Take Two: Fed hikes as US enters technical recession, IMF cuts growth estimate
What do you need to know?
The US Federal Reserve raised the Fed Funds Rate by 75 basis points to 2.25%-2.5% last Wednesday, in a move largely expected by markets. Fed Chair Jerome Powell signalled a similar hike could follow in September. The following day official data showed the US economy had shrunk for the second quarter in a row – an indication of technical recession in many countries – with GDP down 0.9% in the second quarter (Q2) after a 1.6% drop in Q1. Ahead of the release, Powell had cast some doubt on how representative of conditions the GDP numbers might be – and stressed that the Fed was still “highly attentive” to inflation risks.
Around the world
The International Monetary Fund (IMF) cut its global growth forecast to 3.2% this year and 2.9% next year, 0.4 and 0.7 percentage points respectively lower than its last assessment in April. Inflation, a slowdown in China and the war in Ukraine have resulted in “an increasingly gloomy and uncertain outlook”, it said. The IMF also raised the possibility of an even sharper slowdown, if certain risks emerge, including a full shutdown of Russian gas flows to Europe. Under this “plausible alternative scenario”, global growth could decelerate to around 2.6% this year and 2% next, it warned.
Figure in focus: 0.7%
Eurozone GDP grew 0.7% in Q2, as the bloc’s economy held up better than expected in the face of soaring inflation and the impact of Russia’s invasion of Ukraine. France avoided recession after beating forecasts to report 0.5% growth in Q2 following a 0.2% contraction in the previous quarter. The German economy stalled, recording 0% growth in Q2. Meanwhile, inflation in the Eurozone rose to a new record high of 8.9% in July, from 8.6% in June, with energy prices continuing to rise. Last week Russia further reduced the gas flow through the Nord Stream 1 pipeline, giving rise to fresh concerns over a looming energy crisis.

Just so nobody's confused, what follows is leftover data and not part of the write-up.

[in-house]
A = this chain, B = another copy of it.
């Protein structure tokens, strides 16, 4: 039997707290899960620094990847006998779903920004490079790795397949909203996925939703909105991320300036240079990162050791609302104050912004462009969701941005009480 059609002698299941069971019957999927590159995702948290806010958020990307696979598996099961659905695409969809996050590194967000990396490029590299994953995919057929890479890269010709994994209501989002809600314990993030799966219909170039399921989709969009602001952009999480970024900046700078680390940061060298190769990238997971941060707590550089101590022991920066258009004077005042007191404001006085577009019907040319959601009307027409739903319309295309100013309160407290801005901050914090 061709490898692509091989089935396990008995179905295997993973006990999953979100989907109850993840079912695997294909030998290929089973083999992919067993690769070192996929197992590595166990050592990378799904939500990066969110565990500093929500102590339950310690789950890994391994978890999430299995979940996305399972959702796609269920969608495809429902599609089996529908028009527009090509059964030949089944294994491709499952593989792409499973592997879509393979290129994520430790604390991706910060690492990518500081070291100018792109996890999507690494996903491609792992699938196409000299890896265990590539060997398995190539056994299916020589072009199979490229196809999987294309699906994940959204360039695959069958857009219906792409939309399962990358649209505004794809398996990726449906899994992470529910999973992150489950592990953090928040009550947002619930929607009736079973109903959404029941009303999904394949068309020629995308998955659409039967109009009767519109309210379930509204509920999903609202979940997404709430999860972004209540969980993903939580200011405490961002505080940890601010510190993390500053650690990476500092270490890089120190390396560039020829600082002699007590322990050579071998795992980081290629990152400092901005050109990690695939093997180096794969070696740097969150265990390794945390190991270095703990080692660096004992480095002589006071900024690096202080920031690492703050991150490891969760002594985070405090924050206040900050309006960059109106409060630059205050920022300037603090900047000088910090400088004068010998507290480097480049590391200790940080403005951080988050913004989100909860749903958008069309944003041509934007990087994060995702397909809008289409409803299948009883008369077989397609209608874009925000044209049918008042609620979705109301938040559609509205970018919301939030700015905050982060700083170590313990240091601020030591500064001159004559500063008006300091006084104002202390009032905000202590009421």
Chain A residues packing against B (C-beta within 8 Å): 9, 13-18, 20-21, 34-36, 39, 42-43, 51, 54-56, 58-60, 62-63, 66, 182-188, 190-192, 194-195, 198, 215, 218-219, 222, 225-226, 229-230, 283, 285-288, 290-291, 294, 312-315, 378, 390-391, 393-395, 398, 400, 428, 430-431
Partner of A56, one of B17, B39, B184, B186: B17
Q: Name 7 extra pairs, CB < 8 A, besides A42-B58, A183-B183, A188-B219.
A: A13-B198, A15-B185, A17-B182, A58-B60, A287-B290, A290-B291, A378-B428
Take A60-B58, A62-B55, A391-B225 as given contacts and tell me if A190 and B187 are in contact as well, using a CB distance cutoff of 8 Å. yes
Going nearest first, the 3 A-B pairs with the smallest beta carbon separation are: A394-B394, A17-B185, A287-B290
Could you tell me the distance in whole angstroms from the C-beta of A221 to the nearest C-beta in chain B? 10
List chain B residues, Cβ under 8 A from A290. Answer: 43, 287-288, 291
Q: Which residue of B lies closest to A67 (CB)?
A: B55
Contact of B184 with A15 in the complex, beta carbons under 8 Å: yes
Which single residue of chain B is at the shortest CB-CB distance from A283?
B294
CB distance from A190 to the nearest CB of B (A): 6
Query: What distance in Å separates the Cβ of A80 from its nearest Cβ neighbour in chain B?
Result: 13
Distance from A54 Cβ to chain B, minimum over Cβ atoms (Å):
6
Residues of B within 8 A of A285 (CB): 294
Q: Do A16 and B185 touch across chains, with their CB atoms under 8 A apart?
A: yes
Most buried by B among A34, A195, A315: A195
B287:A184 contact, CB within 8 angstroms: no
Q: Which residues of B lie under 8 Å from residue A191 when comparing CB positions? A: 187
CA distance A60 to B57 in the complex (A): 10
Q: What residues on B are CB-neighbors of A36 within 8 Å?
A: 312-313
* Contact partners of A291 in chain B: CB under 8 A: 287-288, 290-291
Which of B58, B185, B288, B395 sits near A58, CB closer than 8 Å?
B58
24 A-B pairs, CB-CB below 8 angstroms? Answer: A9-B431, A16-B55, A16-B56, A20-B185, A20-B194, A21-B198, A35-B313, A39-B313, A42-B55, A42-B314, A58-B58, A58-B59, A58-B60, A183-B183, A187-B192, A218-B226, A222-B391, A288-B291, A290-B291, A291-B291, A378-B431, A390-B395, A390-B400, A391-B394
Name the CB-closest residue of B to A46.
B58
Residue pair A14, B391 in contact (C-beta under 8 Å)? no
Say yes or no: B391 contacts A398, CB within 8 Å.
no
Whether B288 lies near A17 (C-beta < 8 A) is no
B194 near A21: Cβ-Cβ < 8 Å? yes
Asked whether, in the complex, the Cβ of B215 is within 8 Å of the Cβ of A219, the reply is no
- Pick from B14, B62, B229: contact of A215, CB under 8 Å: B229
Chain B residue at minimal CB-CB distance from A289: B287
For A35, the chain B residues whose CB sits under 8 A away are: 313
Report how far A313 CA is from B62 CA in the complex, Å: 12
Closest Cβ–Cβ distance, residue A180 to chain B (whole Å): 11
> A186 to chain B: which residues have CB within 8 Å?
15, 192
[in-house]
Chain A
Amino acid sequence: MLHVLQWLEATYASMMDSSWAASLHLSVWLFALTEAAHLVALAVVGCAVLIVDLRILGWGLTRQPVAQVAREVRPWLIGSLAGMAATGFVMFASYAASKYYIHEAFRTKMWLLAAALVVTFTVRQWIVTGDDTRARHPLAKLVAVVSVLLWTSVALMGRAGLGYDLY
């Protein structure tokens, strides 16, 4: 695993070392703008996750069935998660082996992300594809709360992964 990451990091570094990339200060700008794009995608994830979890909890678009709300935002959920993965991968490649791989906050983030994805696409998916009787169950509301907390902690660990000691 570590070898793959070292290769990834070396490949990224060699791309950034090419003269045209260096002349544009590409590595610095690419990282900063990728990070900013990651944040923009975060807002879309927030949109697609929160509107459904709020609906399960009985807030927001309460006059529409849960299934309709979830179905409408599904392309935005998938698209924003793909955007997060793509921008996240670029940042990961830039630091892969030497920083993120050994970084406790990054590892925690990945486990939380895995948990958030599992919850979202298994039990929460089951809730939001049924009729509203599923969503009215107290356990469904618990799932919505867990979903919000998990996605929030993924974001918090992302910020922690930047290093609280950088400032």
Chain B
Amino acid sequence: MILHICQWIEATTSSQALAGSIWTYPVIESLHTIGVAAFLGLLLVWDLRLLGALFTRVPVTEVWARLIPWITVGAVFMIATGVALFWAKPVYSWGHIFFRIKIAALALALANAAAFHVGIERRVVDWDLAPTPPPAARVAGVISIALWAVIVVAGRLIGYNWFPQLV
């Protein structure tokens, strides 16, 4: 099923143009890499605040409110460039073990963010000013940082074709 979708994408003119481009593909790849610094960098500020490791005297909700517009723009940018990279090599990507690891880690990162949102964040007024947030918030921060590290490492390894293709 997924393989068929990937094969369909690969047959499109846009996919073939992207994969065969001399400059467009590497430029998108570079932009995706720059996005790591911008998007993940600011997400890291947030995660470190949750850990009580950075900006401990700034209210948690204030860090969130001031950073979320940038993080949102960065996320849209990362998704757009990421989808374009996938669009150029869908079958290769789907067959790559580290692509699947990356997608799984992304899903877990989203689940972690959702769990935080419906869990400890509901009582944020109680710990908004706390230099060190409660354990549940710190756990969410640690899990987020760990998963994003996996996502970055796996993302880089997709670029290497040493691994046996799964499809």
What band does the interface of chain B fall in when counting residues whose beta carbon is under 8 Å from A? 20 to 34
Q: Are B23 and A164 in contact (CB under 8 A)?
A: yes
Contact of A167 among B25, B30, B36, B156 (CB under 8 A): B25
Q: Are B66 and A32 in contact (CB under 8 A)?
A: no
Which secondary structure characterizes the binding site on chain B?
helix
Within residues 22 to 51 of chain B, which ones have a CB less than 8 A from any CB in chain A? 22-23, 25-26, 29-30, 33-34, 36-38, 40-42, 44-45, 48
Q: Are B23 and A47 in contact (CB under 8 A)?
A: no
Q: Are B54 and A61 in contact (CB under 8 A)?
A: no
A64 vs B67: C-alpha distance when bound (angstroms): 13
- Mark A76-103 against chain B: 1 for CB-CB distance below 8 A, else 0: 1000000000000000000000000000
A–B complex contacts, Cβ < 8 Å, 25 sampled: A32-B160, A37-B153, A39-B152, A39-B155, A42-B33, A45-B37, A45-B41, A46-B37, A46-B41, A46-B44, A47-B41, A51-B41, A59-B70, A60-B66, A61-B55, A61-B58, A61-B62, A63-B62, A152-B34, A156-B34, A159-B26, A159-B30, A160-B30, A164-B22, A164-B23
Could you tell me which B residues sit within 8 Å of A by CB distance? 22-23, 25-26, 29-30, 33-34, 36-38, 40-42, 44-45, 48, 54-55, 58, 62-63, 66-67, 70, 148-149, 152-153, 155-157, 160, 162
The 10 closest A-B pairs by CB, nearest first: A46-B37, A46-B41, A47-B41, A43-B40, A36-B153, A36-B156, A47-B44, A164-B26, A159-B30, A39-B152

Words of wisdom: Dogger Bank
The name given to a shallow part of the North Sea that will house what is expected to be the world’s largest offshore windfarm. Work began last week on the project which will see 277 turbines installed about 100 miles off the UK coast near Yorkshire. Completion is scheduled for 2026, when the site should be able to generate enough power for six million homes. The area likely gets its name from Dutch trawlers known as doggers that used to operate in the fertile fishing grounds.
What’s coming up?
Eurozone unemployment numbers covering June arrive on Monday while on Tuesday the Reserve Bank of Australia meets to decide on interest rates – at its July meeting, it upped the cash rate by 50 basis points (bps) to 1.35%. A spate of final Purchasing Managers’ Indices for July land on Wednesday, including those covering Japan, the Eurozone and US. After hiking rates by 25bps to 1.25% in June, the Bank of England once again convenes on Thursday to decide on monetary policy. On Friday the US updates the market with its latest job numbers.